• Fig. 5 The impact of EU enlargement and mobility on cross-border collaboration.

    (A) Point estimates with 95% confidence intervals. Two variables are particularly important to our analysis: (i) βT captures the interaction between dummy values for before/after 2004 and a country’s EU membership status—that is, the impact of EU entry; (ii) βB captures the variation due to mobility polarization, Bi,t. We ran two regression models, each with a different baseline set of countries to demonstrate the robustness of our results. In the first model (magenta data, “full model”), the incumbent EU members serve as the baseline because their EU membership status does not change over the period of the analysis (Nobs. = 4494, adjusted R2 = 0.66, and Nc = 31 countries). In the second model (orange data, three-period model), we used the 2007 entrants (BG and RO) as the baseline comparison for the 2004 entrants over three periods from 2001 to 2006 (Nobs. = 504, adjusted R2 = 0.60, and Nc = 12 countries). See eq. S4 for the model specification and table S1 for the full set of controls, as well as other partial models demonstrating robustness of our results. Parameters are estimated using country fixed effects and robust SEs implemented by the Huber/White/sandwich estimator, which accounts for cross-sectional heteroscedasticity and within-panel (serial) correlation. As a visual aid, asterisks indicate the level of significance for each coefficient estimate: *P ≤ 0.05, **P ≤ 0.01, ***P ≤ 0.001. (B) The marginal effect of Bi,t on fi,t, calculated using an interaction term between EU membership status and Bi,t. The main results of this model are two partial coefficients: βB|E.Eur. for the entrants and βB|W.Eur. for the other Western countries. Holding all other covariates at their mean value, comparison of the marginal linear predictions indicates that a country in the Western European group with B = 1 still has a higher expected level of international collaboration than a country from the Eastern European group with B = − 1. Shaded interval indicates the 95% confidence interval calculated using the δ method.

Supplementary Materials

  • Supplementary material for this article is available at http://advances.sciencemag.org/cgi/content/full/3/4/e1602232/DC1

    Supplementary Materials and Methods

    fig. S1. Supplementary SCM results.

    fig. S2. SCM: cross-border publication rate f.

    fig. S3. SCM: total cross-border publications χ.

    fig. S4. International collaboration rates and high-skilled labor mobility.

    fig. S5. Country-country mobility networks before and after the 2004 enlargement.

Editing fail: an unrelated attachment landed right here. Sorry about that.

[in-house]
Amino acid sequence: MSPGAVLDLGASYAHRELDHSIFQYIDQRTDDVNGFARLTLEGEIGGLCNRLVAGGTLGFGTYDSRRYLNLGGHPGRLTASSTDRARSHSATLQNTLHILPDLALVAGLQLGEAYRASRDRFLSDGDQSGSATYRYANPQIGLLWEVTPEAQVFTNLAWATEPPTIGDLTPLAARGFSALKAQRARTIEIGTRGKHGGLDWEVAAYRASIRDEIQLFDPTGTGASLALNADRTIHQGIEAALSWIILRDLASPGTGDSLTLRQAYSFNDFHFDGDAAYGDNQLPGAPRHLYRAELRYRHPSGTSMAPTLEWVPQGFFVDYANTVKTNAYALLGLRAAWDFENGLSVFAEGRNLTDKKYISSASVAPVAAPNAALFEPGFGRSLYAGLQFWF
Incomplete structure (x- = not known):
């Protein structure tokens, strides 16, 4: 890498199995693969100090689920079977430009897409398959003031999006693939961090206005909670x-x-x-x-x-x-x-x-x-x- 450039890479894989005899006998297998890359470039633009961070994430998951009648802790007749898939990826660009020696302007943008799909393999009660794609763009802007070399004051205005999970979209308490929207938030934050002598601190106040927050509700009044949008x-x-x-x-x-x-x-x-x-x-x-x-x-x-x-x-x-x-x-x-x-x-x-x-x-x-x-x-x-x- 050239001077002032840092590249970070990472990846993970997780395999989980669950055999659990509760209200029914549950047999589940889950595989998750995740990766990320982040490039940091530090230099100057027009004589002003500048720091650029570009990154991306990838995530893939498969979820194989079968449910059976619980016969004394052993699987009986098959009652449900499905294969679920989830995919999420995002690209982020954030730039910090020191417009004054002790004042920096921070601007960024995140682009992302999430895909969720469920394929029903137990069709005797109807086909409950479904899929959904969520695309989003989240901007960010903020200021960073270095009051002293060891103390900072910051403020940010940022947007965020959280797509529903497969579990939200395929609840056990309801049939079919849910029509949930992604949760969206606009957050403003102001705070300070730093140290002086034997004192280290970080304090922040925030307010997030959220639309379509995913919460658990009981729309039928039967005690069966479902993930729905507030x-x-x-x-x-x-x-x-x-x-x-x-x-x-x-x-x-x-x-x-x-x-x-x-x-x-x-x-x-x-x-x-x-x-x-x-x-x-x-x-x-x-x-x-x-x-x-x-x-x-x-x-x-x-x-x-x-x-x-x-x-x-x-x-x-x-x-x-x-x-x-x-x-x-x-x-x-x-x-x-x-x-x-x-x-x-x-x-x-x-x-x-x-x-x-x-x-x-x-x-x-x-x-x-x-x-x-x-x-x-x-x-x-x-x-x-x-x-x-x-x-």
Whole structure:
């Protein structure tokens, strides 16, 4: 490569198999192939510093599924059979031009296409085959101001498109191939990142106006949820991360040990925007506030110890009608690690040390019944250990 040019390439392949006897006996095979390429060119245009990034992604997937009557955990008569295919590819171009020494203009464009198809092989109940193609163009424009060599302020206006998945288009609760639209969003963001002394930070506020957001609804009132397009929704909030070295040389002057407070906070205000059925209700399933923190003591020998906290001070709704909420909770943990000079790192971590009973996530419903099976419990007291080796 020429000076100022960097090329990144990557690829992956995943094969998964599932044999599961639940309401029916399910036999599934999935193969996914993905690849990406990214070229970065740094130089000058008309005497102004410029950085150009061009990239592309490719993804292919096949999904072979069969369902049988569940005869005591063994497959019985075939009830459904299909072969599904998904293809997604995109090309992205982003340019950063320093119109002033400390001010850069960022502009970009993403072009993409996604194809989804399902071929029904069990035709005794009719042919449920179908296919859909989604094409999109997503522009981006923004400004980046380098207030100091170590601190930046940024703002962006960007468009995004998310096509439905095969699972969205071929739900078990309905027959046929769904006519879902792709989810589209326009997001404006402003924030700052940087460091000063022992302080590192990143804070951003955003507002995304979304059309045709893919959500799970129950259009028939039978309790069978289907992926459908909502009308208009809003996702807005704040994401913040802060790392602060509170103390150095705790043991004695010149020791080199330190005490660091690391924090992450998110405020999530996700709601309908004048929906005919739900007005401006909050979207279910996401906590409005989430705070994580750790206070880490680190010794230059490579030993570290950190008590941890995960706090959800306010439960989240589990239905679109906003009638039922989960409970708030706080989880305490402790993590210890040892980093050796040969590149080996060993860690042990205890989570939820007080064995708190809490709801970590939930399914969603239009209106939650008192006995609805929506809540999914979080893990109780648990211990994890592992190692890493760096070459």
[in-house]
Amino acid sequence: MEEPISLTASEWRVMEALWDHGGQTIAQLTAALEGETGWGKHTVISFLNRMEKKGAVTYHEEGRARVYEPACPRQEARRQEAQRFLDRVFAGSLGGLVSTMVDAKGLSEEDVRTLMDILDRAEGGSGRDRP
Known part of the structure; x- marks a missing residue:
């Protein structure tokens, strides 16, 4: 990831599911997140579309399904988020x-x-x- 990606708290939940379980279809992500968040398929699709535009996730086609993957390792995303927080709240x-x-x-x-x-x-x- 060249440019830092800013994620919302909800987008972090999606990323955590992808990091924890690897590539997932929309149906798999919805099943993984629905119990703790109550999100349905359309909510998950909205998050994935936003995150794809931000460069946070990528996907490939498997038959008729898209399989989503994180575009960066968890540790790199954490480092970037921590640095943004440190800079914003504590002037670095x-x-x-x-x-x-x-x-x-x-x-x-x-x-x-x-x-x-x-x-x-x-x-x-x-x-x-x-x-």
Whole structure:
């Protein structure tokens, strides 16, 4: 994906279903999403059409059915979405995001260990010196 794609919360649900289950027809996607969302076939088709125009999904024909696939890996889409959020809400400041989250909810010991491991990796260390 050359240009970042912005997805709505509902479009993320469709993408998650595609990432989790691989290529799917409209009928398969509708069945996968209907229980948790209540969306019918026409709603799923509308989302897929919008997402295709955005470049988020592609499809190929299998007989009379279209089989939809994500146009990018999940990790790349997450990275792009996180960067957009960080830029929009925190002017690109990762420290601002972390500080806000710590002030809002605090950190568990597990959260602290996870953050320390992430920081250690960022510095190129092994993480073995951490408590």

fig. S6. Community structure of the high-skilled mobility networks.

    fig. S7. Consistency check for the significance of the EU entry effect.

    fig. S8. Comparison of high-skilled to total migration by country-country pair.

    fig. S9. Net flow of high-skilled labor: before and after the 2004 enlargement.

    fig. S10. Mobility success rates by country: before and after the 2004 enlargement.

    fig. S11. Mobility success rates by country-country pair: before and after the 2004 enlargement.

    fig. S12. Validation of the SCImago cross-border counting scheme.

    table S1. Full panel regression model results.

    References (4352)

  • Supplementary Materials

    This PDF file includes:

    • Supplementary Materials and Methods
    • fig. S1. Supplementary SCM results.
    • fig. S2. SCM: cross-border publication rate f.
    • fig. S3. SCM: total cross-border publications χ.
    • fig. S4. International collaboration rates and high-skilled labor mobility.
    • fig. S5. Country-country mobility networks before and after the 2004 enlargement.
    • fig. S6. Community structure of the high-skilled mobility networks.
    • fig. S7. Consistency check for the significance of the EU entry effect.
    • fig. S8. Comparison of high-skilled to total migration by country-country pair.
    • fig. S9. Net flow of high-skilled labor: before and after the 2004 enlargement.
    • fig. S10. Mobility success rates by country: before and after the 2004 enlargement.
    • fig. S11. Mobility success rates by country-country pair: before and after the 2004 enlargement.
    • fig. S12. Validation of the SCImago cross-border counting scheme.
    • table S1. Full panel regression model results.
    • References (43–52)